Now let us look at the middle letter “s” in “YESU”. In the Hebrew word, “Yeshua”, the middle consonent sound is “sh”. This is the Hebrew letter “shin” or “ש”. There is usually a point or dot on the far top right arm of the letter to let the reader know it is pronounced “sh”. (If the point is at the far left leg it is pronounced “s”). The Greek does not have an “sh” sound. The closest letter sound to the Hebrew “sh” sound is the Greek letter sigma. And so the closest transliteration of the Hebrew letter “shin” is the Greek letter “sigma”, though in the Greek itself it only carried the “s” sound As far as I know. Now we are left with a word sounding like “Yeshu”.

If you look closely at the Greek word transliterated from the Hebrew word “Yeshua”, there are two vowels before the last letter, sigma, not one as is in the English, the letter “u”. Thus the Greek with these two added letters it is closer to the Hebrew pronounciation than the English. We are now left with a word that sounds like “Yeshua” but spelled “Ιησους”. This is the best the Greek language and its alphabet could afford us in a corresponding spelling of the Hebrew word.

One other point for those who desire to learn. The original Hebrew language was fully contextual and was without vowels. The original Hebrew writing of words derived it meanings and sounds from context. Two identical- spelled Hebrew words can have different pronounciations and meanings depending on the context of the thought of the writer or speaker. Also in the original language there were no vowels. A system of “vowel points” was developed and added to assist the reader in pronouncing the words. If contemporary Hebrew text is examined small lines and dots will be seen beneath and above the words: these are the “vowel points”.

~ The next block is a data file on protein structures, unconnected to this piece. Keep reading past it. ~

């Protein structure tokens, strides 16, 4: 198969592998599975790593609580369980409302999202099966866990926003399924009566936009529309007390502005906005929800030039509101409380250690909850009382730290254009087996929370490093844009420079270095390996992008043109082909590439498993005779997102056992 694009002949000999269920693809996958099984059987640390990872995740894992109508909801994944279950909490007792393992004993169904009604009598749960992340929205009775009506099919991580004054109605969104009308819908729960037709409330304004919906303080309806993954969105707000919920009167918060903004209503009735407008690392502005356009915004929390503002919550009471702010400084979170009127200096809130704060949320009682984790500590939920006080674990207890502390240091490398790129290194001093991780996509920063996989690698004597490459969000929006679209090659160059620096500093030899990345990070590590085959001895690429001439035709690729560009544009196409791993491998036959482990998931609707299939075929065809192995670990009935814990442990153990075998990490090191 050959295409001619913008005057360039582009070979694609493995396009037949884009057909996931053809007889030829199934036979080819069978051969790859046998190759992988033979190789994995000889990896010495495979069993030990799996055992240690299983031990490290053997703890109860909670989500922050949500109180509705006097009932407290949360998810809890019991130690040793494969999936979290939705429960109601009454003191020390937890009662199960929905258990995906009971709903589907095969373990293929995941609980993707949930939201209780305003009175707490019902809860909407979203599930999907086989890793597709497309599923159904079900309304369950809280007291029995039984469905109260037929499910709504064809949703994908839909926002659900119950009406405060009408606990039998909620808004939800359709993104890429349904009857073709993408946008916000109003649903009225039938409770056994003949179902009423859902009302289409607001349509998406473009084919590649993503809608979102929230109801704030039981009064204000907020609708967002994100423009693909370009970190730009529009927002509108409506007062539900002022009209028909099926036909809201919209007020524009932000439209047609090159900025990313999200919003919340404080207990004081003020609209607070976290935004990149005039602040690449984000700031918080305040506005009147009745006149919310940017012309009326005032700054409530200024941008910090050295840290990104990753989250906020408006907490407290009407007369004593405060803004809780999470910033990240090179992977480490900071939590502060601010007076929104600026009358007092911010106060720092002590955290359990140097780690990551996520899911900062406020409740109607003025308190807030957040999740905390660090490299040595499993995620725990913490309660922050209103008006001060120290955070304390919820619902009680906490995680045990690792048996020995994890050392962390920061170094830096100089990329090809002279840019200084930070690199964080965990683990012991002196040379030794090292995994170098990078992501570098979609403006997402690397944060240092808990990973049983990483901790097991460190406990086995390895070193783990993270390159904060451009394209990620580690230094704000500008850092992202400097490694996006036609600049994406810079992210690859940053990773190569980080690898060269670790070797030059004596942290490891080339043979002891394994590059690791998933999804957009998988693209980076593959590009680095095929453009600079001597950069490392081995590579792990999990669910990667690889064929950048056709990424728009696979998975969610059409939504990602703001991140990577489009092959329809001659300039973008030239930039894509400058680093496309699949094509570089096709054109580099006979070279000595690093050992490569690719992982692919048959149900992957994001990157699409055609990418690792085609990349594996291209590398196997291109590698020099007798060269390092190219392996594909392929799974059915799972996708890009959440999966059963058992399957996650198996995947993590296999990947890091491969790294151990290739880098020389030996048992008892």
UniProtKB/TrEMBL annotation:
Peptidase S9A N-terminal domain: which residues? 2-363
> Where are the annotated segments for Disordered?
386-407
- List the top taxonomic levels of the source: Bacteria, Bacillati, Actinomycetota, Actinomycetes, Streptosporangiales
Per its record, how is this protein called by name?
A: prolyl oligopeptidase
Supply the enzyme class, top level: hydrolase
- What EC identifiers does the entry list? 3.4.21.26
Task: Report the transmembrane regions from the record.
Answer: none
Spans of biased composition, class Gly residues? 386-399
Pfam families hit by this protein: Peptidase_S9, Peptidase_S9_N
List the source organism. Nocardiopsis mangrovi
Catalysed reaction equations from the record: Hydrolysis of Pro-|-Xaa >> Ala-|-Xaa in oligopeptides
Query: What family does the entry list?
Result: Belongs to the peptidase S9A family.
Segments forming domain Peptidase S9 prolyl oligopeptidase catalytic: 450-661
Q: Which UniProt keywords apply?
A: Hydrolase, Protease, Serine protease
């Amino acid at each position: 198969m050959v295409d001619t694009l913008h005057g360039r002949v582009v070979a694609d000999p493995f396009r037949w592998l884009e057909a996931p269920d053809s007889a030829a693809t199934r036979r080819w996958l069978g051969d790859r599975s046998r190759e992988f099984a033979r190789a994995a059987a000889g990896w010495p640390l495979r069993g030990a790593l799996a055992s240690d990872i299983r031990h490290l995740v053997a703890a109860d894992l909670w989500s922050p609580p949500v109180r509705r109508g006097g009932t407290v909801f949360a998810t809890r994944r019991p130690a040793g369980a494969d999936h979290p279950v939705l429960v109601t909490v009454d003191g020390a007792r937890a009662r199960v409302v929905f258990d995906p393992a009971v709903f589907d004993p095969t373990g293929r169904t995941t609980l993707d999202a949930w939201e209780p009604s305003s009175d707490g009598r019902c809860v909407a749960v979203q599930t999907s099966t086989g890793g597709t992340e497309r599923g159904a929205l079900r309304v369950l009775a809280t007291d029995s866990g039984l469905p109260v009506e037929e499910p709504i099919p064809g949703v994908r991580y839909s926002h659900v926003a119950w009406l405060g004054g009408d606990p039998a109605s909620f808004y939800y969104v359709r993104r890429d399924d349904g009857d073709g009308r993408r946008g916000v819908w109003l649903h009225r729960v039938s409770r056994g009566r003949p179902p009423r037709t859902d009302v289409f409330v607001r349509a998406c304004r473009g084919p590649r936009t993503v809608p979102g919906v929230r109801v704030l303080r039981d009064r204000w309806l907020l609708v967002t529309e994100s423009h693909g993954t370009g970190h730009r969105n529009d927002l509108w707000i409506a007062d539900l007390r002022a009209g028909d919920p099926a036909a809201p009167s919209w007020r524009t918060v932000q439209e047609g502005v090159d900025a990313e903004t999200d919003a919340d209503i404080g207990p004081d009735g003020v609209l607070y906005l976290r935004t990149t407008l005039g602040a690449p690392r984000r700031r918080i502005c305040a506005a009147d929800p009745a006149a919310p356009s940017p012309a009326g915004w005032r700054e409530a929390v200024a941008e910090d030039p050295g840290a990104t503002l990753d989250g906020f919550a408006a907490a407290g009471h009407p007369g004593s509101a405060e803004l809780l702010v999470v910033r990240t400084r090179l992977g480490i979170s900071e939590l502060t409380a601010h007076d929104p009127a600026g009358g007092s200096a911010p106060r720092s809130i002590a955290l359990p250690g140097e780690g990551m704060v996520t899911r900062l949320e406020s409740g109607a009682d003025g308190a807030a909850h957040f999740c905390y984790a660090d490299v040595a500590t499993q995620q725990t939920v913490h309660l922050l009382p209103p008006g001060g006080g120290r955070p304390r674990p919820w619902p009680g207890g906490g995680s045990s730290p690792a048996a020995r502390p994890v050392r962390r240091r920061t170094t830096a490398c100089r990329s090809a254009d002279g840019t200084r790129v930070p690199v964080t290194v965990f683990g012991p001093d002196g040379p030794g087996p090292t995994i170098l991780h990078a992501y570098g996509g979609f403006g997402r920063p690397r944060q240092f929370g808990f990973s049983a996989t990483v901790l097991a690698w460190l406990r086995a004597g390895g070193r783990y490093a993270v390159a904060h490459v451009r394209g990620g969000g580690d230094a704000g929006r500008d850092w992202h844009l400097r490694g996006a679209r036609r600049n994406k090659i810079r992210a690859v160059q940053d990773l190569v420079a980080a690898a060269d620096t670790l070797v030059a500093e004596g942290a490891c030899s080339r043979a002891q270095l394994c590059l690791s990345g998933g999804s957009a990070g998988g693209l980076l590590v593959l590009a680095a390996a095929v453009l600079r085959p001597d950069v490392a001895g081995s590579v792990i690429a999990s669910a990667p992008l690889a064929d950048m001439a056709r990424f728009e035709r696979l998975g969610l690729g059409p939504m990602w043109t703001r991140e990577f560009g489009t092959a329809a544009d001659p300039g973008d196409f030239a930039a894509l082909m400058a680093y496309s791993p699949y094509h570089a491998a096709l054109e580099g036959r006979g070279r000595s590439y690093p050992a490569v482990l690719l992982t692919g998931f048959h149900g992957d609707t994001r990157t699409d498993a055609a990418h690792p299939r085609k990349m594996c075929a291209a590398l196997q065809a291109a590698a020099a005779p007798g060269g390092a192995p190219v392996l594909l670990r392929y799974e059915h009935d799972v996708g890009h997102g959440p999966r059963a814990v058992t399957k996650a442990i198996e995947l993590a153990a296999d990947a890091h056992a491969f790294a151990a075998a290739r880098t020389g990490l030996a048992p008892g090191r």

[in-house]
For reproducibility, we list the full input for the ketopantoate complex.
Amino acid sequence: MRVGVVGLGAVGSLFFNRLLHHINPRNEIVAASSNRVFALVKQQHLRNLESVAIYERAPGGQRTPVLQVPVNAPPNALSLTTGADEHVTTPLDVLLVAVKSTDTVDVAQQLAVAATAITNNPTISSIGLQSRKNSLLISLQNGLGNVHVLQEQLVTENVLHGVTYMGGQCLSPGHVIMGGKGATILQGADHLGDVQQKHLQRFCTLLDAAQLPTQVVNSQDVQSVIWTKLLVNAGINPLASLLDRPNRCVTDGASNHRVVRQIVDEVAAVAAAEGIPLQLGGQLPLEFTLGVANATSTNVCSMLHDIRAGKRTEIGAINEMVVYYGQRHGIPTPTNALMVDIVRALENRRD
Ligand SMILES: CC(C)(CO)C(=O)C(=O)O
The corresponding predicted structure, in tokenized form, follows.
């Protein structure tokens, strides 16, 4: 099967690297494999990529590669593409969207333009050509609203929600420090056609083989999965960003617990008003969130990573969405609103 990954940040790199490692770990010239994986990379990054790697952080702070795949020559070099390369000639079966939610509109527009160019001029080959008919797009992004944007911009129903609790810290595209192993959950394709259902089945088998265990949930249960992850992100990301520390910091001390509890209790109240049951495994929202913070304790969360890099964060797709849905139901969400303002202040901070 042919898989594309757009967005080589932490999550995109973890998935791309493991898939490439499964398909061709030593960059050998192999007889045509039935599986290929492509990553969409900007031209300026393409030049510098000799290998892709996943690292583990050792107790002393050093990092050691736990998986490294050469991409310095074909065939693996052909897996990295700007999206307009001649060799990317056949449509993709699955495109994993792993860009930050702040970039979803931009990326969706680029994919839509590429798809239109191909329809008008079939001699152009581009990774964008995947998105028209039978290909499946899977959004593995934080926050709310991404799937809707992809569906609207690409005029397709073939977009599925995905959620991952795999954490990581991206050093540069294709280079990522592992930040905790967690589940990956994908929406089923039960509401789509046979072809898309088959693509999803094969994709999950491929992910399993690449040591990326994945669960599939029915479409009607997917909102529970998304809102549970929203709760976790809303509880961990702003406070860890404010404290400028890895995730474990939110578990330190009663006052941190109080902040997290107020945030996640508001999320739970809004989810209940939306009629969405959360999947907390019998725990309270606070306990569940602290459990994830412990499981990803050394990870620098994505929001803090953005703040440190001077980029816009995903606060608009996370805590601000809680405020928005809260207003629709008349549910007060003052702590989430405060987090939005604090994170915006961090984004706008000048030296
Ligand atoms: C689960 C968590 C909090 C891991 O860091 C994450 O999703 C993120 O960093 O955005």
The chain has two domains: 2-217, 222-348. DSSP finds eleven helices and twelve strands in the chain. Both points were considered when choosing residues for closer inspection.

So the Hebrew word “Yeshua” (possibly Aramaic) , a shortened form of the Hebrew word “Yehowshua” or “יהושע” (spelled from right to left: yod-hay-shin-ayin: four letters with the vowels ommitted and pronounced contextually) was transliterated into the Greek “Ιησους”, and again transliterated into the English through Latin over many centuries, “Jesus”, pronounced the way it is today. Either Yeshua or Yehowshua would be a closer pronounciation to the Mashiach’s true name. Contained in the Hebrew word is a recognizeable pattern, the name of God, Yehowah (Yahavah) the last sound “ah” is dropped and the sound “shua” added, “shua” meaning “saved”, and thus the meaning of the word “Yehowah (Yahavah) saves”. The meaning of the Mashiach’s name is “Yehowah (Yahavah) saves”, a very prophecy in and of itself.